What is known about service user and carer expectations and experiences of safety focused tailored trauma informed models in inpatient, crisis, emergency, and residential mental health care?

In Jones (2021) [88], some women reported feeling initially overwhelmed by and underprepared to acknowledge and work on their trauma experiences, and sometimes felt their distress was misunderstood by the nurses in their setting, which could lead to an escalation [88]. Service users felt connected to themselves, to feel safe and contained, particularly in comparison to previous inpatient experiences. Overall, however, the service did not make the women feel as though their problems were fully understood.

How do safety-focused tailored trauma informed models in inpatient, crisis, emergency, and residential mental health care impact on service user outcomes?

Reductions in the number of seclusions and restraint were reported [86, 87]. Specifically, the trauma informed change to the physical therapeutic environment was associated with a reduction in the number of both seclusion and restraint [87]. The duration of restraints reportedly increased, while duration of seclusion decreased [86].

What is known about staff attitudes, expectations, and experiences of delivering safety focused tailored trauma informed models in inpatient, crisis, emergency, and residential mental health care?

In Jones (2021) [88], nurses emphasised that shared understanding and trust were instrumental in connecting and communicating with the women in their service [88]. Nurses also cultivated service user-staff therapeutic relationships, which they experienced as intensely emotional. The nurses reported becoming more critical of other staff members they perceived as lacking compassion towards the service users. Finally, staff felt that a barrier to the nurse-service user relationship was the staff’s inability to share personal information and vulnerability back to the service user.

How do safety focused tailored trauma informed models impact on staff practices and staff wellbeing in inpatient, crisis, emergency, and residential mental health care?

Staff developed new tools and adapted their responses to trauma and distress, and service users were also involved in some, but not all, staff training [88]. There were changes to information sharing practices [52]; information on service users’ history and intervention plans were more openly shared within the team to ensure all staff had the same information and did not need to risk re-traumatising service users by asking for information again. Service users also reported being more involved in their treatment planning [51, 87] and medication decisions [65].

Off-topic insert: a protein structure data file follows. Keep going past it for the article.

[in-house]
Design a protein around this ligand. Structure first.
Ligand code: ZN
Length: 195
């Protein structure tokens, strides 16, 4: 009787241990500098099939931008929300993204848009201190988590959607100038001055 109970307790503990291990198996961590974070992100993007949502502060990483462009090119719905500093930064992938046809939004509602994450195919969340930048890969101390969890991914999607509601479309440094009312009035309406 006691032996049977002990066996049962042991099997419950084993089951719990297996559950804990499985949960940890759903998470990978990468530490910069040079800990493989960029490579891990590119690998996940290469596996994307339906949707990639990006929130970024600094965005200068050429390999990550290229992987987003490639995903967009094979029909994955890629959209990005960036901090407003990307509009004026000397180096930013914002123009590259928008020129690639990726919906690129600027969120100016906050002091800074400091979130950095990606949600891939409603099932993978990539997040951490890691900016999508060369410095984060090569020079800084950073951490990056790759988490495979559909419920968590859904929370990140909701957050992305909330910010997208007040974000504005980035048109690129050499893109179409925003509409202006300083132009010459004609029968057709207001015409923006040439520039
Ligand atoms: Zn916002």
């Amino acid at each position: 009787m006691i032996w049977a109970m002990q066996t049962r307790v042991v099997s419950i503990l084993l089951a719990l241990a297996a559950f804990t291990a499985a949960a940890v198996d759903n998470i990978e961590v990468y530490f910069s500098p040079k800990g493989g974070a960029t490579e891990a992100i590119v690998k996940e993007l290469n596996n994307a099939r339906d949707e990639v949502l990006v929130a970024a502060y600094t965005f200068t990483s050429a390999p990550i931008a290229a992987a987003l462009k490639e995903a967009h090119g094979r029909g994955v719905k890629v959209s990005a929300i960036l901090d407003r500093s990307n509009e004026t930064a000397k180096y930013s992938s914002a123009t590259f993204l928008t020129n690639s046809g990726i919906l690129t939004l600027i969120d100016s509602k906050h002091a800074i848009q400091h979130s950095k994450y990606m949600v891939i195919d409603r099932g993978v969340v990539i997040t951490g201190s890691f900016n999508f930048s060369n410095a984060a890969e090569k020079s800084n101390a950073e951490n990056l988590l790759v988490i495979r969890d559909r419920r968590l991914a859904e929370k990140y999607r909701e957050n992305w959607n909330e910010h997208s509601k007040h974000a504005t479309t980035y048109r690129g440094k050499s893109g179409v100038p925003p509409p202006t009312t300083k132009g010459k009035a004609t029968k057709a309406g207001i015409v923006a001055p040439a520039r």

Trauma informed training intervention

Three studies focused on trauma informed training interventions for staff [66, 93, 94]. All studies used a pre/post design to evaluate effectiveness.

Residential settings: child and adolescent services

Gonshak (2011) [66] reported on a specific trauma informed training programme called Risking Connections [92] implemented in a residential treatment centre for children with ‘severe emotional disabilities’. Risking Connections is a training curriculum for working with survivors of childhood abuse and includes (i) an overarching theoretical framework to guide work with trauma and abuse (ii) specific intervention techniques (iii) a focus on the needs of trauma workers as well as those of their clients.

Inpatient settings: adult services

Niimura (2019) [93] reported a 1-day TIC training intervention, covering items including the definition of trauma, evidence on trauma and behavioural, social, and emotional responses to traumatic events, on attitudes of staff in a psychiatric hospital setting. Aremu (2018) [94] reported a training intervention to improve staff engagement which they identified as a key component of TIC. The intervention was a 2-hour training on engaging with patients, however the specific content of the training is not specified.

What is known about staff attitudes, expectations, and experiences of delivering trauma informed training interventions in inpatient, crisis, emergency, and residential mental health care?

Following training, half of staff reported feeling their skills or experience were too limited to implement changes and also that staff experienced difficulties when trying to share the principles of trauma informed care with untrained staff [93]. However, TIC training did produce positive attitude shifts towards TIC.

How do trauma informed training interventions impact on staff practices and staff wellbeing in inpatient, crisis, emergency, and residential mental health care?

Staff modified their communication with service users by altering their tone and volume, and adopted new ways of managing risk without using coercive practices [93]. There was also a reported a reduction in the use of as-needed medication [94].

How do trauma informed training interventions in inpatient, crisis, emergency, and residential mental health care impact on service use and costs and what evidence exists about their cost-effectiveness?

One study reported that educating staff about TIC in residential settings was time intensive and may require frequent or intense “booster” sessions following the initial training [66]. In terms of evaluation, it took time to implement TIC in the residential setting and then to collect related outcome data.